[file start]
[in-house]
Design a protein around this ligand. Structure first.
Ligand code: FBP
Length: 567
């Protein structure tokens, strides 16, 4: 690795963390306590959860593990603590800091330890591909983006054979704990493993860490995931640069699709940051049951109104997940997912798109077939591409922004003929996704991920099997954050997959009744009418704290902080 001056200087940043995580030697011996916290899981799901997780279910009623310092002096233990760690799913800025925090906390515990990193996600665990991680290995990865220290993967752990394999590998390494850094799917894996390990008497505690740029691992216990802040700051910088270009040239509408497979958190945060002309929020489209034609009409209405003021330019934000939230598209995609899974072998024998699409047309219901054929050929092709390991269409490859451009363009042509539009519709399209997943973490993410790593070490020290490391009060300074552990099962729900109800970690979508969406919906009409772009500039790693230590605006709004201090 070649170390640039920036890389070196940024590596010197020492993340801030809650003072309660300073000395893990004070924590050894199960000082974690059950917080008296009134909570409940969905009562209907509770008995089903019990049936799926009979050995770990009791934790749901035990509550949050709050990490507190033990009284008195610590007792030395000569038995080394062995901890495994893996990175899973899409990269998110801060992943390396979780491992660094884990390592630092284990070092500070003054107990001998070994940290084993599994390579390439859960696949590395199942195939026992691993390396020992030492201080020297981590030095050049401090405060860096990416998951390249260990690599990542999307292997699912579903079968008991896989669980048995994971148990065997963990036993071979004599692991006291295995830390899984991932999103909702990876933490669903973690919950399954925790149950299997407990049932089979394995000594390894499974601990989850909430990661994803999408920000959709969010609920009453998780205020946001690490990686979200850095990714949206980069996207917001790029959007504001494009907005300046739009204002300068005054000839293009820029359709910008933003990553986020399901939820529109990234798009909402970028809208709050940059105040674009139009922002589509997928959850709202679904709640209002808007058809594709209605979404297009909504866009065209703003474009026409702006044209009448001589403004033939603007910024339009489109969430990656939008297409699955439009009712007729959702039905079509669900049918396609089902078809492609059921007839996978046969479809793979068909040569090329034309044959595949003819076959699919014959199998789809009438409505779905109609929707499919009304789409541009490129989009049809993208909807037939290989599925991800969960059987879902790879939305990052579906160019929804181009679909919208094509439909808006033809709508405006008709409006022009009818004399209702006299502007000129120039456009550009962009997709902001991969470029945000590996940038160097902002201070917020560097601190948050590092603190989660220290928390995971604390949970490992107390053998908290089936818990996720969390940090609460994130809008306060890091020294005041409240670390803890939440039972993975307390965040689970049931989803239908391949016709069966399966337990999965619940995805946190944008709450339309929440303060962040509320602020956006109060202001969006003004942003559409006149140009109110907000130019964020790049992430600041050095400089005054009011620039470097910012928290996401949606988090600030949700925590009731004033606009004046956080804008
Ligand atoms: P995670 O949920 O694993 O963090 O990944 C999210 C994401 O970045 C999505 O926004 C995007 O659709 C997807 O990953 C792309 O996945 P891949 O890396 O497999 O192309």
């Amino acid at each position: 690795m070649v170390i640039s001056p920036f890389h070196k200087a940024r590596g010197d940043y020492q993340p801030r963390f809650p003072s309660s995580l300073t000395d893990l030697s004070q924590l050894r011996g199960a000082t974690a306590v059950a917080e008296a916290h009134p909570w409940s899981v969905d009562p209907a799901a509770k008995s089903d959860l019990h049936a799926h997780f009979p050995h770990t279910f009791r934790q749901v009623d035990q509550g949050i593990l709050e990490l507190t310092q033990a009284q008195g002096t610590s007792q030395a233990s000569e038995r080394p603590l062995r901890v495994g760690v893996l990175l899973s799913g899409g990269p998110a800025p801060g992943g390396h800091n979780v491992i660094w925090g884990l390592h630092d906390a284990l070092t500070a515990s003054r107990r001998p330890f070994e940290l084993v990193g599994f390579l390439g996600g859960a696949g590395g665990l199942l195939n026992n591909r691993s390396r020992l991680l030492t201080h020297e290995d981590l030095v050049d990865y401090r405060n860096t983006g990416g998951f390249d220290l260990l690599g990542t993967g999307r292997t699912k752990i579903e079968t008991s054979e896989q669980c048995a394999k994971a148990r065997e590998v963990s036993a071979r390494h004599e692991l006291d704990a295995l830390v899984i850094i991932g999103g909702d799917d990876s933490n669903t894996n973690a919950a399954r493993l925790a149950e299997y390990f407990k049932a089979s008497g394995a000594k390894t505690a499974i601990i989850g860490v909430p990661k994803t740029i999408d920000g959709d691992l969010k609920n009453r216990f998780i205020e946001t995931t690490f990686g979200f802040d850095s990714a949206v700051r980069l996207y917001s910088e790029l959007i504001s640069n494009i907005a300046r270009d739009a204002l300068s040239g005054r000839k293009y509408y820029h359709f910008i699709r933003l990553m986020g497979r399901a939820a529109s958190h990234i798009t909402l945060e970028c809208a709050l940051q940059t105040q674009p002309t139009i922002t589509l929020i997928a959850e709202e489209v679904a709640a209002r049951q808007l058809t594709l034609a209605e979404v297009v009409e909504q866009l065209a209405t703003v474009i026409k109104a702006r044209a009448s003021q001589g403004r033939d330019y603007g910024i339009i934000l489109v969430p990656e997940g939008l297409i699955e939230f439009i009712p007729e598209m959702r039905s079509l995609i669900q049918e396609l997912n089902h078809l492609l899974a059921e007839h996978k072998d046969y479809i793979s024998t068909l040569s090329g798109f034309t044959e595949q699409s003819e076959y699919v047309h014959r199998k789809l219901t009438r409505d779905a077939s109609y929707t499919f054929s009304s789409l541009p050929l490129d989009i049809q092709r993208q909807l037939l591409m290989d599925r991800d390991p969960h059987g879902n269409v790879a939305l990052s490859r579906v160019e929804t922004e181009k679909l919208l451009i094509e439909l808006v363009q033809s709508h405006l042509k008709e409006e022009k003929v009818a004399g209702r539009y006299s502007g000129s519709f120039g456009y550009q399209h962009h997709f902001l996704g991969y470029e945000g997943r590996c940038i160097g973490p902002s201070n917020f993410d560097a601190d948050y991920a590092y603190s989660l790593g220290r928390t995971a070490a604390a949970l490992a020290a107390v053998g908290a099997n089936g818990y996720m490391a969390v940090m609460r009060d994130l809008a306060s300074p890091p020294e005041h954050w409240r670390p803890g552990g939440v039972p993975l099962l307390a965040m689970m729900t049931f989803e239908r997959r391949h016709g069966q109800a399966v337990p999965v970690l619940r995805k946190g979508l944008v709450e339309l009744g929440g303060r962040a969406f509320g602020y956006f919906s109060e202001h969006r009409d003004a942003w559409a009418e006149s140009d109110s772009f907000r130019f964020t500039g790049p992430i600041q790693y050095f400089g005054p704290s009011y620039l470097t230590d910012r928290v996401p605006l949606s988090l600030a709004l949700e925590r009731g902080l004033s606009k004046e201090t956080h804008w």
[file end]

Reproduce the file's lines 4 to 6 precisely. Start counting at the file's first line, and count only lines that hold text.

Length: 567
């Protein structure tokens, strides 16, 4: 690795963390306590959860593990603590800091330890591909983006054979704990493993860490995931640069699709940051049951109104997940997912798109077939591409922004003929996704991920099997954050997959009744009418704290902080 001056200087940043995580030697011996916290899981799901997780279910009623310092002096233990760690799913800025925090906390515990990193996600665990991680290995990865220290993967752990394999590998390494850094799917894996390990008497505690740029691992216990802040700051910088270009040239509408497979958190945060002309929020489209034609009409209405003021330019934000939230598209995609899974072998024998699409047309219901054929050929092709390991269409490859451009363009042509539009519709399209997943973490993410790593070490020290490391009060300074552990099962729900109800970690979508969406919906009409772009500039790693230590605006709004201090 070649170390640039920036890389070196940024590596010197020492993340801030809650003072309660300073000395893990004070924590050894199960000082974690059950917080008296009134909570409940969905009562209907509770008995089903019990049936799926009979050995770990009791934790749901035990509550949050709050990490507190033990009284008195610590007792030395000569038995080394062995901890495994893996990175899973899409990269998110801060992943390396979780491992660094884990390592630092284990070092500070003054107990001998070994940290084993599994390579390439859960696949590395199942195939026992691993390396020992030492201080020297981590030095050049401090405060860096990416998951390249260990690599990542999307292997699912579903079968008991896989669980048995994971148990065997963990036993071979004599692991006291295995830390899984991932999103909702990876933490669903973690919950399954925790149950299997407990049932089979394995000594390894499974601990989850909430990661994803999408920000959709969010609920009453998780205020946001690490990686979200850095990714949206980069996207917001790029959007504001494009907005300046739009204002300068005054000839293009820029359709910008933003990553986020399901939820529109990234798009909402970028809208709050940059105040674009139009922002589509997928959850709202679904709640209002808007058809594709209605979404297009909504866009065209703003474009026409702006044209009448001589403004033939603007910024339009489109969430990656939008297409699955439009009712007729959702039905079509669900049918396609089902078809492609059921007839996978046969479809793979068909040569090329034309044959595949003819076959699919014959199998789809009438409505779905109609929707499919009304789409541009490129989009049809993208909807037939290989599925991800969960059987879902790879939305990052579906160019929804181009679909919208094509439909808006033809709508405006008709409006022009009818004399209702006299502007000129120039456009550009962009997709902001991969470029945000590996940038160097902002201070917020560097601190948050590092603190989660220290928390995971604390949970490992107390053998908290089936818990996720969390940090609460994130809008306060890091020294005041409240670390803890939440039972993975307390965040689970049931989803239908391949016709069966399966337990999965619940995805946190944008709450339309929440303060962040509320602020956006109060202001969006003004942003559409006149140009109110907000130019964020790049992430600041050095400089005054009011620039470097910012928290996401949606988090600030949700925590009731004033606009004046956080804008
Ligand atoms: P995670 O949920 O694993 O963090 O990944 C999210 C994401 O970045 C999505 O926004 C995007 O659709 C997807 O990953 C792309 O996945 P891949 O890396 O497999 O192309």